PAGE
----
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Old 10-09-2015, 09:30 PM
 
4,230 posts, read 5,736,055 times
Reputation: 10032

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KBB and NADA are glorified Beckett and Wizard guides. The key word is "guide."

Why should I price a vehicle lower than what others are bringing in the market? I'm not a charity.
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Old 10-10-2015, 12:10 AM
 
1,373 posts, read 1,260,500 times
Reputation: 4119
Quote:
Originally Posted by Fargobound View Post
KBB and NADA are glorified Beckett and Wizard guides. The key word is "guide."

Why should I price a vehicle lower than what others are bringing in the market? I'm not a charity.
A private seller has no idea what similar cars are bringing, only what other sellers are asking
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Old 10-10-2015, 07:26 AM
 
4,230 posts, read 5,736,055 times
Reputation: 10032
Quote:
Originally Posted by wpme View Post
A private seller has no idea what similar cars are bringing, only what other sellers are asking
Sill why should i ask for book value knowing i'm going to get beat down in price?
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Old 10-10-2015, 07:34 AM
 
Location: Happyville, North Carolina
2,365 posts, read 2,019,856 times
Reputation: 3523
I've sold lots of cars and bikes. I always look at what the price is selling for locally in the same condition and mileage, and go from there. There will always be lowballers that want something for nothing. Most cant afford anything.
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Old 10-10-2015, 03:08 PM
 
Location: Tucson, AZ
1,548 posts, read 1,868,898 times
Reputation: 3875
I have got some fantastic deals on cars by "low balling" when the ad specifically stated no low balling. The people who get angry just move on. The people who seem open to dialogue keep pressing on.

You have to watch what cars move slow. You also kind of need to know what has slow resale rates. For instance cars that are 8 years old are still highly desirable, but don't qualify for most financing. A friend of mine bough an 08 and kept stating it was almost new.... I think people get a warped sense of time as they get older.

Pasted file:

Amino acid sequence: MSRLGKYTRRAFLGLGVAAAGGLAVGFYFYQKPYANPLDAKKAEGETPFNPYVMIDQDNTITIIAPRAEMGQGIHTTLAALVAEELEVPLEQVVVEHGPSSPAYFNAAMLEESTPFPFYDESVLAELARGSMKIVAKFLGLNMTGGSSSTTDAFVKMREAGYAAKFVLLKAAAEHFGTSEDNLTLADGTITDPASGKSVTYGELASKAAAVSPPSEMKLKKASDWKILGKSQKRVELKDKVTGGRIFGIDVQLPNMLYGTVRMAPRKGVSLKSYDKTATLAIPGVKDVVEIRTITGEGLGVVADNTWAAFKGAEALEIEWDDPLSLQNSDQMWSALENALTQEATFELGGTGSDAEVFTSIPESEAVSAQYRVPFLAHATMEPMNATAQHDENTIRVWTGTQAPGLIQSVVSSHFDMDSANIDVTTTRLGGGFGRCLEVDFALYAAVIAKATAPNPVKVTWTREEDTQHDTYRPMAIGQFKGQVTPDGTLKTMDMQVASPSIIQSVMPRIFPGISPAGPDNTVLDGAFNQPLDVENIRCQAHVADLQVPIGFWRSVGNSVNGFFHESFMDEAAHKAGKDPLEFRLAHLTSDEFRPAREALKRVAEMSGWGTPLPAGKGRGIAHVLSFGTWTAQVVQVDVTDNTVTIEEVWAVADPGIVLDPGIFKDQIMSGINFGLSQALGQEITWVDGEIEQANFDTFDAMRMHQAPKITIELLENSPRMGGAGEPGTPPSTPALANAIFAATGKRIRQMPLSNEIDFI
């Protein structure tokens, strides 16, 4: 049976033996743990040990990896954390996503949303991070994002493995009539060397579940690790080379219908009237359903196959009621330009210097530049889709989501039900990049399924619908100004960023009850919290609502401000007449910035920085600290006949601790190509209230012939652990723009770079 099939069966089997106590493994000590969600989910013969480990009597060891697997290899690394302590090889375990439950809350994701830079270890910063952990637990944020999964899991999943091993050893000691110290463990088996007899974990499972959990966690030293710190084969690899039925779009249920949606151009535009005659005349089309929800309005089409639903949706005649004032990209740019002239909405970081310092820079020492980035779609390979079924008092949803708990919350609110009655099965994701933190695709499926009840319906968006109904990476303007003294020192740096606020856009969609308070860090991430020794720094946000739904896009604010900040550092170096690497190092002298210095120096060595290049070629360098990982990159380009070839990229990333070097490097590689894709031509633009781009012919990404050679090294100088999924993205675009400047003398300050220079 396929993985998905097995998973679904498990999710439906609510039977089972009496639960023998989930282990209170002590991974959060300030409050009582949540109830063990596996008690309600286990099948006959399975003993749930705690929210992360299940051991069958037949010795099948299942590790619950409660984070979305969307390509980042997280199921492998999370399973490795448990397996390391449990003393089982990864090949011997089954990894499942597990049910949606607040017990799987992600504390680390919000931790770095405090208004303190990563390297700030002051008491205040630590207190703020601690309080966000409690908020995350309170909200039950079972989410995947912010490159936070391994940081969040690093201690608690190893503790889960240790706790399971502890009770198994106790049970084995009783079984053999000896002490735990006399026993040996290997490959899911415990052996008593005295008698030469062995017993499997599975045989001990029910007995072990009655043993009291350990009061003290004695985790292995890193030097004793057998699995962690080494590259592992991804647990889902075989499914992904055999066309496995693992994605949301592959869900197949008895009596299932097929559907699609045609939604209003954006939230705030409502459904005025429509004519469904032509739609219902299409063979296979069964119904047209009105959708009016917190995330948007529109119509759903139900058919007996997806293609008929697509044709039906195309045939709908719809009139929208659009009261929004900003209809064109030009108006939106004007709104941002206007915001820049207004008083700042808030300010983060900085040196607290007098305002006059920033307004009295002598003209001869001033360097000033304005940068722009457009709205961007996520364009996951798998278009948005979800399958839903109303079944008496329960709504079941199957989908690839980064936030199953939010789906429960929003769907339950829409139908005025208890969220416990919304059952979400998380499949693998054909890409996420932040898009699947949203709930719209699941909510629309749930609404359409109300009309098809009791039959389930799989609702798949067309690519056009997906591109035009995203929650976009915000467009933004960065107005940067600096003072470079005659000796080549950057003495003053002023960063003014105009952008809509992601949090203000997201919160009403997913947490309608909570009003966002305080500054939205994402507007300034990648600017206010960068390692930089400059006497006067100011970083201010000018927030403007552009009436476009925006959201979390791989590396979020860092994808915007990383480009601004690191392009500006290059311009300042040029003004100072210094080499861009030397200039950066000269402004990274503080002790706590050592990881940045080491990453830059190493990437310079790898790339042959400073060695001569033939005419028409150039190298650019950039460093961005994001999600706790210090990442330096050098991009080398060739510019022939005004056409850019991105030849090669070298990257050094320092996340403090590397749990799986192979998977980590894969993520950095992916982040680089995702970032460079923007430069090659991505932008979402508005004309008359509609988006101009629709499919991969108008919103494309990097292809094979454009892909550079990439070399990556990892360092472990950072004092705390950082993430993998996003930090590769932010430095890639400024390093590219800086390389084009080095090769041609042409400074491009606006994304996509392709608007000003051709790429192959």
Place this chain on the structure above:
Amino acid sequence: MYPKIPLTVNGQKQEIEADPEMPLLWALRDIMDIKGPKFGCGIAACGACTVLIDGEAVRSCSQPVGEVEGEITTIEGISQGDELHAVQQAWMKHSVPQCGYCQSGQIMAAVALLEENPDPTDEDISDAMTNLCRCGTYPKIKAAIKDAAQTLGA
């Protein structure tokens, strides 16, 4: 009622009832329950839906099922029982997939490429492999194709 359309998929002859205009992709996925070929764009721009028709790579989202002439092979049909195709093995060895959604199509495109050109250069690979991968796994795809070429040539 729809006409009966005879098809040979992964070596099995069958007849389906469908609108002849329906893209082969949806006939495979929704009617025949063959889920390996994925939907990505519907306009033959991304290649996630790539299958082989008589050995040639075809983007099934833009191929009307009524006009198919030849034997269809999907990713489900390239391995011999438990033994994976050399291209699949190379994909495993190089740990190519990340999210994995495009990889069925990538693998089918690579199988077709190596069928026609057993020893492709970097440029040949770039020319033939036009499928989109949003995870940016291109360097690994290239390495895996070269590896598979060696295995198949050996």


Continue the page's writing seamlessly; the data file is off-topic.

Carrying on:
You also have to be proactive and patient at the same time.

I don't know the used market for every make and model but I know Mercedes-Benz like the back of my hand.

Here is a guy who is obviously desperate and angry. He has figured out there isn't much of a market for these. To him this is an awesome car he can't understand why no one is interested in it. To a buyer its a gas guzzling ticking time bomb maintenance wise.

2007 Mercedes Benz E63

This 07 E63 has gone from 28k to 21k in 86 days. I wish I had the original post in which he was so cocky about no negotiation on price. He was over now he is right around trade in and would probably take 20k. Yet he still remains cocky. I expect it to sell at 18k. They are going at auction for as little as 16k.

Mercedes Benz Sl500 Designo special edition low miles navigation

This 500SL seems like the right price but this guy started out at 20k 71 days ago.

The case of a once collectible car the Mercedes W124 cabrio.

These were once collectible, the seller had the price at 16k 5 days ago but dropped it to 9k when he realized there are 3 just in the local area for under 9k. 1995 Mercedes E320 Cabriolet conv
Then to make matters worse same car same year. $6300 Red 1995 Mercedes E320 Cabriolet its been for sale for not 2 not 3 not 4 but 7 months with no buyer, it started out at $15k. That tells you that not only is the market not strong nationally, this type of vehicle is not even on anyone's radar locally. I have been thinking of scooping this one up for 5k possibly. Trust me these will be collectible again.

HAHAH this is what happens when Mercedes become cheap and people can't afford the upkeep. This is hilarious. I love how he takes the picture of the custom grill like its some sort of selling point.